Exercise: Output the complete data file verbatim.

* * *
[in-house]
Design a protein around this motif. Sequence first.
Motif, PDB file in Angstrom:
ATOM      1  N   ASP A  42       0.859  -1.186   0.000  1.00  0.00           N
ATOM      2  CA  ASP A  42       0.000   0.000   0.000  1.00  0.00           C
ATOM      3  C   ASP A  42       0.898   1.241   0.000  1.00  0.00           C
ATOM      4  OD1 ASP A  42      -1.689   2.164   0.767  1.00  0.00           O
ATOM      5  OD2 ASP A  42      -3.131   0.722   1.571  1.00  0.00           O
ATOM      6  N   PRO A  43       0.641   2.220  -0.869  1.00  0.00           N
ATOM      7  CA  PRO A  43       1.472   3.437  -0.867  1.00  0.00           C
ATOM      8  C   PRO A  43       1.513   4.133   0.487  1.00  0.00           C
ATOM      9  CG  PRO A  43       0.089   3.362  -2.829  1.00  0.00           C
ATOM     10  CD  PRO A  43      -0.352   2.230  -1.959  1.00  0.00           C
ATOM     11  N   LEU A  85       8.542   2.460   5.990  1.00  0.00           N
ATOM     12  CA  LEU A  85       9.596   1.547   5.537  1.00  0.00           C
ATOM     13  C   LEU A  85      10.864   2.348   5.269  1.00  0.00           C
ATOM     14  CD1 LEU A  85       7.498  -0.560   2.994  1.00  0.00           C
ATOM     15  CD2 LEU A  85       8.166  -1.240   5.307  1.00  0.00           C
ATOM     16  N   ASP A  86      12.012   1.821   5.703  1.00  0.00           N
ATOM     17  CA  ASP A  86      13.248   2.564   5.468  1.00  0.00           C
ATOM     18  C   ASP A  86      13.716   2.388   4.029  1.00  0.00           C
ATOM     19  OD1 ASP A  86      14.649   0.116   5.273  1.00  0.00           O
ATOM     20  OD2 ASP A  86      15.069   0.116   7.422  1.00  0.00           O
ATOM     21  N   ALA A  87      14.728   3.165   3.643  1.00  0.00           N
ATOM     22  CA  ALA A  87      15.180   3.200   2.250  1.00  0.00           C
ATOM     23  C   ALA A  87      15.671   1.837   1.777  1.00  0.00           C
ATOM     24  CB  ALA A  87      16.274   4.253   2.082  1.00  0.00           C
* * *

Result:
[in-house]
Design a protein around this motif. Sequence first.
Motif, PDB file in Angstrom:
ATOM      1  N   ASP A  42       0.859  -1.186   0.000  1.00  0.00           N
ATOM      2  CA  ASP A  42       0.000   0.000   0.000  1.00  0.00           C
ATOM      3  C   ASP A  42       0.898   1.241   0.000  1.00  0.00           C
ATOM      4  OD1 ASP A  42      -1.689   2.164   0.767  1.00  0.00           O
ATOM      5  OD2 ASP A  42      -3.131   0.722   1.571  1.00  0.00           O
ATOM      6  N   PRO A  43       0.641   2.220  -0.869  1.00  0.00           N
ATOM      7  CA  PRO A  43       1.472   3.437  -0.867  1.00  0.00           C
ATOM      8  C   PRO A  43       1.513   4.133   0.487  1.00  0.00           C
ATOM      9  CG  PRO A  43       0.089   3.362  -2.829  1.00  0.00           C
ATOM     10  CD  PRO A  43      -0.352   2.230  -1.959  1.00  0.00           C
ATOM     11  N   LEU A  85       8.542   2.460   5.990  1.00  0.00           N
ATOM     12  CA  LEU A  85       9.596   1.547   5.537  1.00  0.00           C
ATOM     13  C   LEU A  85      10.864   2.348   5.269  1.00  0.00           C
ATOM     14  CD1 LEU A  85       7.498  -0.560   2.994  1.00  0.00           C
ATOM     15  CD2 LEU A  85       8.166  -1.240   5.307  1.00  0.00           C
ATOM     16  N   ASP A  86      12.012   1.821   5.703  1.00  0.00           N
ATOM     17  CA  ASP A  86      13.248   2.564   5.468  1.00  0.00           C
ATOM     18  C   ASP A  86      13.716   2.388   4.029  1.00  0.00           C
ATOM     19  OD1 ASP A  86      14.649   0.116   5.273  1.00  0.00           O
ATOM     20  OD2 ASP A  86      15.069   0.116   7.422  1.00  0.00           O
ATOM     21  N   ALA A  87      14.728   3.165   3.643  1.00  0.00           N
ATOM     22  CA  ALA A  87      15.180   3.200   2.250  1.00  0.00           C
ATOM     23  C   ALA A  87      15.671   1.837   1.777  1.00  0.00           C
ATOM     24  CB  ALA A  87      16.274   4.253   2.082  1.00  0.00           C